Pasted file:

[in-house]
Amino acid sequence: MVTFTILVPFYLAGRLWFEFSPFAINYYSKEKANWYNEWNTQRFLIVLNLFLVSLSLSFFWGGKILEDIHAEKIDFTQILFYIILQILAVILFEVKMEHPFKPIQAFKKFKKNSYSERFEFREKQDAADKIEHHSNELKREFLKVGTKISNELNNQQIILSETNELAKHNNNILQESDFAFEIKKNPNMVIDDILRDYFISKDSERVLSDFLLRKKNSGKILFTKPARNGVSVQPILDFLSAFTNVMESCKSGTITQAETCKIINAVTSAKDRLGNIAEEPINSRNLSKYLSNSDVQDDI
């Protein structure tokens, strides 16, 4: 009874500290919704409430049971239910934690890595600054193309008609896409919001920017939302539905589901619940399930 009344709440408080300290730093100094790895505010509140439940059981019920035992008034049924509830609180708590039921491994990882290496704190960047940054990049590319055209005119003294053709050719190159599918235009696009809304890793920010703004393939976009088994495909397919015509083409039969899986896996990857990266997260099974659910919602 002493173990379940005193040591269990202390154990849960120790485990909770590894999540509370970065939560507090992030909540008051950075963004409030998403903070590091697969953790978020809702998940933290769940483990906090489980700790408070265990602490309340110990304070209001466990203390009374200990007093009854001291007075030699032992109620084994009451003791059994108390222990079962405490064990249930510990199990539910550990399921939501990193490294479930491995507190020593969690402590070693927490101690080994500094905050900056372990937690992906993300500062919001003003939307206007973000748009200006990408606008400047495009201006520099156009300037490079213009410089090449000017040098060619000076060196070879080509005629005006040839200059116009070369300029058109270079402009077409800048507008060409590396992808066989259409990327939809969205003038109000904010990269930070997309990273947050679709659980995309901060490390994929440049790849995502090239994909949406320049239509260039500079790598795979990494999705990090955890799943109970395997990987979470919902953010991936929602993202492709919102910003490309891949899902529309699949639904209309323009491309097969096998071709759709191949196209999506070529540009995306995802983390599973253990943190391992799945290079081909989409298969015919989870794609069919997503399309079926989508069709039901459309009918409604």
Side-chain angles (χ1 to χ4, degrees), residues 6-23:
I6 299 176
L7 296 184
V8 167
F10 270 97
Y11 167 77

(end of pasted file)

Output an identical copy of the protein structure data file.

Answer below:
[in-house]
Amino acid sequence: MVTFTILVPFYLAGRLWFEFSPFAINYYSKEKANWYNEWNTQRFLIVLNLFLVSLSLSFFWGGKILEDIHAEKIDFTQILFYIILQILAVILFEVKMEHPFKPIQAFKKFKKNSYSERFEFREKQDAADKIEHHSNELKREFLKVGTKISNELNNQQIILSETNELAKHNNNILQESDFAFEIKKNPNMVIDDILRDYFISKDSERVLSDFLLRKKNSGKILFTKPARNGVSVQPILDFLSAFTNVMESCKSGTITQAETCKIINAVTSAKDRLGNIAEEPINSRNLSKYLSNSDVQDDI
């Protein structure tokens, strides 16, 4: 009874500290919704409430049971239910934690890595600054193309008609896409919001920017939302539905589901619940399930 009344709440408080300290730093100094790895505010509140439940059981019920035992008034049924509830609180708590039921491994990882290496704190960047940054990049590319055209005119003294053709050719190159599918235009696009809304890793920010703004393939976009088994495909397919015509083409039969899986896996990857990266997260099974659910919602 002493173990379940005193040591269990202390154990849960120790485990909770590894999540509370970065939560507090992030909540008051950075963004409030998403903070590091697969953790978020809702998940933290769940483990906090489980700790408070265990602490309340110990304070209001466990203390009374200990007093009854001291007075030699032992109620084994009451003791059994108390222990079962405490064990249930510990199990539910550990399921939501990193490294479930491995507190020593969690402590070693927490101690080994500094905050900056372990937690992906993300500062919001003003939307206007973000748009200006990408606008400047495009201006520099156009300037490079213009410089090449000017040098060619000076060196070879080509005629005006040839200059116009070369300029058109270079402009077409800048507008060409590396992808066989259409990327939809969205003038109000904010990269930070997309990273947050679709659980995309901060490390994929440049790849995502090239994909949406320049239509260039500079790598795979990494999705990090955890799943109970395997990987979470919902953010991936929602993202492709919102910003490309891949899902529309699949639904209309323009491309097969096998071709759709191949196209999506070529540009995306995802983390599973253990943190391992799945290079081909989409298969015919989870794609069919997503399309079926989508069709039901459309009918409604």
Side-chain angles (χ1 to χ4, degrees), residues 6-23:
I6 299 176
L7 296 184
V8 167
F10 270 97
Y11 167 77